Calculus/Definite integral/Solutions

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1. Use left- and right-handed Riemann sums with 5 subdivisions to get lower and upper bounds on the area under the function f(x)=x^6 from x=0 to x=1.

\left|\begin{array}{ccccccc}
i & x_{i} & x_{i}^{6} & 0.2\times x_{i-1}^{6} & \sum\limits _{k=1}^{i}0.2\times x_{i-1}^{6} & 0.2\times x_{i}^{6} & \sum\limits _{k=1}^{i}0.2\times x_{i}^{6}\\
0 & 0.0 & 0 & \, & \, & 0 & \,\\
1 & 0.2 & 0.000064 & 0 & 0 & 0.0000128 & 0.0000128\\
2 & 0.4 & 0.004096 & 0.0000128 & 0.0000128 & 0.0008192 & 0.000832\\
3 & 0.6 & 0.046656 & 0.0008192 & 0.000832 & 0.0093312 & 0.0101632\\
4 & 0.8 & 0.262144 & 0.0093312 & 0.0101632 & 0.0524288 & 0.062592\\
5 & 1.0 & 1 & 0.0524288 & 0.062592 & .2 & 0.262592
\end{array}\right|
Lower bound: 0.062592
Upper bound: 0.262592

2. Use left- and right-handed Riemann sums with 5 subdivisions to get lower and upper bounds on the area under the function f(x)=x^6 from x=1 to x=2.

\left|\begin{array}{ccccccc}
i & x_{i} & x_{i}^{6} & 0.2\times x_{i-1}^{6} & \sum\limits _{k=1}^{i}0.2\times x_{i-1}^{6} & 0.2\times x_{i}^{6} & \sum\limits _{k=1}^{i}0.2\times x_{i}^{6}\\
0 & 1.0 & 1 & \, & \, & .2 & \,\\
1 & 1.2 & 2.985984 & .2 & .2 & 0.5971968 & 0.5971968\\
2 & 1.4 & 7.529536 & 0.5971968 & 0.7971968 & 1.5059072 & 2.103104\\
3 & 1.6 & 16.777216 & 1.5059072 & 2.303104 & 3.3554432 & 5.4585472\\
4 & 1.8 & 34.012224 & 3.3554432 & 5.6585472 & 6.8024448 & 12.260992\\
5 & 2.0 & 64 & 6.8024448 & 12.460992 & 12.8 & 25.060992
\end{array}\right|
Lower bound: 12.460992
Upper bound: 25.060992

3. Use the subtraction rule to find the area between the graphs of f(x)=x and g(x)=x^2 between x=0 and x=1

From the earlier examples we know that \int_0^1 x dx=\frac{1}{2} and that \int_a^b x^2 dx=\frac{b^3}{3}-\frac{a^3}{3}. From this we can deduce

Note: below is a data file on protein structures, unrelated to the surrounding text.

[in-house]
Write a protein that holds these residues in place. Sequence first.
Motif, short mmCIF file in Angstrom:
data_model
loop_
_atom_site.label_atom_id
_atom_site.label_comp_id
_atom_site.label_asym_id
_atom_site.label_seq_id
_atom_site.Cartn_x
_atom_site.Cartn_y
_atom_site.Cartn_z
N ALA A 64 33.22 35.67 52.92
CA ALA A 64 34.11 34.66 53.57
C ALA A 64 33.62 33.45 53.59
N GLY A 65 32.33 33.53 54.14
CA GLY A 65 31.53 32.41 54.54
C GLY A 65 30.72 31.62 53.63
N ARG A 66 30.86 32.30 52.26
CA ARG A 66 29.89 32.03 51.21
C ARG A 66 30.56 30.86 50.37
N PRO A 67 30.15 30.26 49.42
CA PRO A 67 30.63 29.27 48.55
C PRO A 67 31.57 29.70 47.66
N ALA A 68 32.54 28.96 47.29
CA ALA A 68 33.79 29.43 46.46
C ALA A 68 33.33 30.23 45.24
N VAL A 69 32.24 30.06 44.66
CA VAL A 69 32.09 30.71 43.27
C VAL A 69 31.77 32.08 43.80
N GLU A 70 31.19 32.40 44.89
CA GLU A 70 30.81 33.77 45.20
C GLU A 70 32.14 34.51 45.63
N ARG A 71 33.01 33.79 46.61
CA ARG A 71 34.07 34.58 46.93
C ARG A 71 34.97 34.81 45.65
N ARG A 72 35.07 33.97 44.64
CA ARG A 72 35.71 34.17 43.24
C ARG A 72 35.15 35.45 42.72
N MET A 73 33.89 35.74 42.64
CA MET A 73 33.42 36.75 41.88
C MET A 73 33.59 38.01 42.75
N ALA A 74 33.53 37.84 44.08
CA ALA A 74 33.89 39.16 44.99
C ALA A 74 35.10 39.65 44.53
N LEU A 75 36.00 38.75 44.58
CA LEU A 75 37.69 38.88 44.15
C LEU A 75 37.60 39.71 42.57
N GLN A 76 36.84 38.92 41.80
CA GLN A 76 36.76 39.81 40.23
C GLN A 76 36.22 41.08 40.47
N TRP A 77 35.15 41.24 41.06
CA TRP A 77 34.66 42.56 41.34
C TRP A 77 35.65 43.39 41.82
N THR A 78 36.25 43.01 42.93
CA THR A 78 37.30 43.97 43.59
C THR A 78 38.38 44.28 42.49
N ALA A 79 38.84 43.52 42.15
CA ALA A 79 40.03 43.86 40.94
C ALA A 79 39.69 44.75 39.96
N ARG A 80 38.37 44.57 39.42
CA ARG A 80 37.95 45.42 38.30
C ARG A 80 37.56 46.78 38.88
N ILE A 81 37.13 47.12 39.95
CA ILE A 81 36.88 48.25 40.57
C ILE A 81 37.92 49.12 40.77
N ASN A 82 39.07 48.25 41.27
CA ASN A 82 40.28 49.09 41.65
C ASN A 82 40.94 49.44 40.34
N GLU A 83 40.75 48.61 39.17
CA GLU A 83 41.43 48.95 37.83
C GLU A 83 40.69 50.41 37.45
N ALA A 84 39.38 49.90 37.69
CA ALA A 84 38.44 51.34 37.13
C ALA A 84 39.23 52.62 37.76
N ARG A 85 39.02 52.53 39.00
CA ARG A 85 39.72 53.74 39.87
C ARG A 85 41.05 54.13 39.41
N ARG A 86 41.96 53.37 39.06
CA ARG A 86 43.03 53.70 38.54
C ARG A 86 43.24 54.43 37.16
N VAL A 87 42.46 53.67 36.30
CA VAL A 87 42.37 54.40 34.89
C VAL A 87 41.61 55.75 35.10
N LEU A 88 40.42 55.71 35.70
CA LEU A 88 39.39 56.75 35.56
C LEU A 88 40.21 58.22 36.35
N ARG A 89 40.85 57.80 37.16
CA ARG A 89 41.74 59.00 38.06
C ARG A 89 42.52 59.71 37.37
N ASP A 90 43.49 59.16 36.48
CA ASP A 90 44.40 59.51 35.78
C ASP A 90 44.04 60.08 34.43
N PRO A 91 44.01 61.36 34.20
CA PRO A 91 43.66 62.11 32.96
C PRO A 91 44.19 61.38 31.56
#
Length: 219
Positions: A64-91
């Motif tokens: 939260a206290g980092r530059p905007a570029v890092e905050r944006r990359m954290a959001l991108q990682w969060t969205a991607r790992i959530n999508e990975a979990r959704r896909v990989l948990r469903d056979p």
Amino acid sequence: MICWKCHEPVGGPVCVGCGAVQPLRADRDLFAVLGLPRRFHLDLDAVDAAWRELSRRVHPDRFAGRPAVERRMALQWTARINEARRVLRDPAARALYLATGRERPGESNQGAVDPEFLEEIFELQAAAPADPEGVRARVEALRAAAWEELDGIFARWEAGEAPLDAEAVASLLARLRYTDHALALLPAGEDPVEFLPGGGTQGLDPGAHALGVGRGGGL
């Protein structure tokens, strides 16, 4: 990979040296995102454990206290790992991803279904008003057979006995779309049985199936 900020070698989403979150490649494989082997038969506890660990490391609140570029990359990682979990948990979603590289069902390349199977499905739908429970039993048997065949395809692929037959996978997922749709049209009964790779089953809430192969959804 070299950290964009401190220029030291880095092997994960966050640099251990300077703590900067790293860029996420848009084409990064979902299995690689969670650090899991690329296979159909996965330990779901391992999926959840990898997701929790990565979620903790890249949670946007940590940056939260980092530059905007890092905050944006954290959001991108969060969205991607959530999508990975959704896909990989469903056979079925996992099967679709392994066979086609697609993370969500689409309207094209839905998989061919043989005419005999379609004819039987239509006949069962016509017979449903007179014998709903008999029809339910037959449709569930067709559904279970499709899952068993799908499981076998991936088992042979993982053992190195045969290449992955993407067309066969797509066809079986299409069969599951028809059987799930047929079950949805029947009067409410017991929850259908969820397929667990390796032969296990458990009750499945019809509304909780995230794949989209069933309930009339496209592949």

\int_0^1(x-x^2)dx=\frac{1}{2}-(\frac{1^3}{3}-\frac{0^3}{3})=\frac{1}{2}-\frac{1}{3}=\mathbf{\frac{1}{6}}

4. Use the results of exercises 1 and 2 and the property of linearity with respect to endpoints to determine upper and lower bounds on \int_0^2 x^6 dx.

In exercise 1 we found that

0.062592<\int_0^1 x^6 dx<0.262592

and in exercise 2 we found that

12.460992<\int_1^2 x^6 dx<25.060992

From this we can deduce that

0.062592+12.460992<\int_0^1 x^6 dx+\int_1^2 x^6 dx<0.262592+25.060992
\mathbf{12.523584<\int_0^2 x^6 dx<25.323584}
5. Prove that if f is a continuous even function then for any a,
\int_{-a}^a f(x) dx = 2 \int_0^a f(x)dx.

From the property of linearity of the endpoints we have

\int_{-a}^a f(x) dx = \int_{-a}^0 f(x) dx +\int_{0}^a f(x) dx

Make the substitution u=-x; du=-dx. u=a when x=-a and u=0 when x=0. Then

\int_{-a}^0 f(x)dx=\int_a^0 f(-u)(-du)=-\int_a^0 f(-u)du=\int_0^a f(-u)du=\int_0^a f(u)du

where the last step has used the evenness of f. Since u is just a dummy variable, we can replace it with x. Then

\int_{-a}^a f(x) dx = \int_0^a f(x)dx + \int_{0}^a f(x) dx = 2\int_{0}^a f(x) dx